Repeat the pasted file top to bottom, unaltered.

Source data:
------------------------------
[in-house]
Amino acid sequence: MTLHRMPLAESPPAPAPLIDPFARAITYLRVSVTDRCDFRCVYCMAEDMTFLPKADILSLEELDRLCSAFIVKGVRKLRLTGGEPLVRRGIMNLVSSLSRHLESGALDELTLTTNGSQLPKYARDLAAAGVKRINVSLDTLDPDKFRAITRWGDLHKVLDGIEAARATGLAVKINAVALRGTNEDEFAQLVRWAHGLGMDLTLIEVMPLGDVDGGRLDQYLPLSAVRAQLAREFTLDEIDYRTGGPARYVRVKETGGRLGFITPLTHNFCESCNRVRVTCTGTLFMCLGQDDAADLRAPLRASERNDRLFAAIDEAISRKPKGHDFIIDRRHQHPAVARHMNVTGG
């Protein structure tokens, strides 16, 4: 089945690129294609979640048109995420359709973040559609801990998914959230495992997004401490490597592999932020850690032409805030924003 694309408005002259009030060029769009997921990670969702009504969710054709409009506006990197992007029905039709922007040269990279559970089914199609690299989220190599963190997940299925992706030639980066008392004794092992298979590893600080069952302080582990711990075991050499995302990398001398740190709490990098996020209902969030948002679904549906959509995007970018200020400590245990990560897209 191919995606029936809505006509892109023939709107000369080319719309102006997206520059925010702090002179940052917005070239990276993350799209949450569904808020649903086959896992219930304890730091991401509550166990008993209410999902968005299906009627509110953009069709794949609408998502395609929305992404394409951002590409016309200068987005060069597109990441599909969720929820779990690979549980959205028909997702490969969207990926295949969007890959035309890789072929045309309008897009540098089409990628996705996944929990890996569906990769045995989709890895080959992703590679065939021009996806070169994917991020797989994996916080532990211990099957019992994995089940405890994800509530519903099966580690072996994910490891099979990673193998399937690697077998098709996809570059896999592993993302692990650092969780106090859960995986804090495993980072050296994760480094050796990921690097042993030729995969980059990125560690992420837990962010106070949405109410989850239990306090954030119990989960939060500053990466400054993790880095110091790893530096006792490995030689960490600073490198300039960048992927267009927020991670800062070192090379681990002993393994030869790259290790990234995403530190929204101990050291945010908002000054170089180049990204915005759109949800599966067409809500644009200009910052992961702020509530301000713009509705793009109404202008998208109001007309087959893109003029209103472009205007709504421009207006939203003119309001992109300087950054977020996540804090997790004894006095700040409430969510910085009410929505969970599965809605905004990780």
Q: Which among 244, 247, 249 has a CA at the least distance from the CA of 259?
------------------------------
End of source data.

[in-house]
Amino acid sequence: MTLHRMPLAESPPAPAPLIDPFARAITYLRVSVTDRCDFRCVYCMAEDMTFLPKADILSLEELDRLCSAFIVKGVRKLRLTGGEPLVRRGIMNLVSSLSRHLESGALDELTLTTNGSQLPKYARDLAAAGVKRINVSLDTLDPDKFRAITRWGDLHKVLDGIEAARATGLAVKINAVALRGTNEDEFAQLVRWAHGLGMDLTLIEVMPLGDVDGGRLDQYLPLSAVRAQLAREFTLDEIDYRTGGPARYVRVKETGGRLGFITPLTHNFCESCNRVRVTCTGTLFMCLGQDDAADLRAPLRASERNDRLFAAIDEAISRKPKGHDFIIDRRHQHPAVARHMNVTGG
């Protein structure tokens, strides 16, 4: 089945690129294609979640048109995420359709973040559609801990998914959230495992997004401490490597592999932020850690032409805030924003 694309408005002259009030060029769009997921990670969702009504969710054709409009506006990197992007029905039709922007040269990279559970089914199609690299989220190599963190997940299925992706030639980066008392004794092992298979590893600080069952302080582990711990075991050499995302990398001398740190709490990098996020209902969030948002679904549906959509995007970018200020400590245990990560897209 191919995606029936809505006509892109023939709107000369080319719309102006997206520059925010702090002179940052917005070239990276993350799209949450569904808020649903086959896992219930304890730091991401509550166990008993209410999902968005299906009627509110953009069709794949609408998502395609929305992404394409951002590409016309200068987005060069597109990441599909969720929820779990690979549980959205028909997702490969969207990926295949969007890959035309890789072929045309309008897009540098089409990628996705996944929990890996569906990769045995989709890895080959992703590679065939021009996806070169994917991020797989994996916080532990211990099957019992994995089940405890994800509530519903099966580690072996994910490891099979990673193998399937690697077998098709996809570059896999592993993302692990650092969780106090859960995986804090495993980072050296994760480094050796990921690097042993030729995969980059990125560690992420837990962010106070949405109410989850239990306090954030119990989960939060500053990466400054993790880095110091790893530096006792490995030689960490600073490198300039960048992927267009927020991670800062070192090379681990002993393994030869790259290790990234995403530190929204101990050291945010908002000054170089180049990204915005759109949800599966067409809500644009200009910052992961702020509530301000713009509705793009109404202008998208109001007309087959893109003029209103472009205007709504421009207006939203003119309001992109300087950054977020996540804090997790004894006095700040409430969510910085009410929505969970599965809605905004990780």
Q: Which among 244, 247, 249 has a CA at the least distance from the CA of 259?